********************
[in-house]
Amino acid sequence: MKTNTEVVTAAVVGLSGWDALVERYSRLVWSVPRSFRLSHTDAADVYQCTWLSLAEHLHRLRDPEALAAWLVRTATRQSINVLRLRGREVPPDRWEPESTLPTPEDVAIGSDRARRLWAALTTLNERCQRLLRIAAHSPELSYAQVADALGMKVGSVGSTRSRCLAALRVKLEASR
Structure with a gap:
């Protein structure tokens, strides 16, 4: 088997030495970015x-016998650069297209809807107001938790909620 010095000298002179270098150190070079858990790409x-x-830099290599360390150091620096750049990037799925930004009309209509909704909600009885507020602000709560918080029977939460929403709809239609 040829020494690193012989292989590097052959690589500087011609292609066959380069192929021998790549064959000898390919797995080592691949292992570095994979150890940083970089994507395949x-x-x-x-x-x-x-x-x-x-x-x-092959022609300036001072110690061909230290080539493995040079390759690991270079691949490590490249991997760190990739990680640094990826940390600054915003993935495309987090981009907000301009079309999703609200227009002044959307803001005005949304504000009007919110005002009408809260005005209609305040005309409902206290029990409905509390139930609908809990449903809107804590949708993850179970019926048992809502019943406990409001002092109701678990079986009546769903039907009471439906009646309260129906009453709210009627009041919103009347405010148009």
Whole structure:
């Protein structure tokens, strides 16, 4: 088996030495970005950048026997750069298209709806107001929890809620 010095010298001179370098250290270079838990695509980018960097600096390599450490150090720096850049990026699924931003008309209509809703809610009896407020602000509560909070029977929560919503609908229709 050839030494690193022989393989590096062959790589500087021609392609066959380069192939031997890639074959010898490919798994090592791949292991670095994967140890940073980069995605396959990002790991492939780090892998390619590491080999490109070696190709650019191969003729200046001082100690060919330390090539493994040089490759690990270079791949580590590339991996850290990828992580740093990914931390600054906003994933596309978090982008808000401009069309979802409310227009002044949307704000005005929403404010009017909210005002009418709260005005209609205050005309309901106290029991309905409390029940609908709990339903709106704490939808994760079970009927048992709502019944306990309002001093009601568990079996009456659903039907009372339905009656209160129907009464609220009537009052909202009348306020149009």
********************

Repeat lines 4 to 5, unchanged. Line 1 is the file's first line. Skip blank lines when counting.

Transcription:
């Protein structure tokens, strides 16, 4: 088997030495970015x-016998650069297209809807107001938790909620 010095000298002179270098150190070079858990790409x-x-830099290599360390150091620096750049990037799925930004009309209509909704909600009885507020602000709560918080029977939460929403709809239609 040829020494690193012989292989590097052959690589500087011609292609066959380069192929021998790549064959000898390919797995080592691949292992570095994979150890940083970089994507395949x-x-x-x-x-x-x-x-x-x-x-x-092959022609300036001072110690061909230290080539493995040079390759690991270079691949490590490249991997760190990739990680640094990826940390600054915003993935495309987090981009907000301009079309999703609200227009002044959307803001005005949304504000009007919110005002009408809260005005209609305040005309409902206290029990409905509390139930609908809990449903809107804590949708993850179970019926048992809502019943406990409001002092109701678990079986009546769903039907009471439906009646309260129906009453709210009627009041919103009347405010148009």
Whole structure: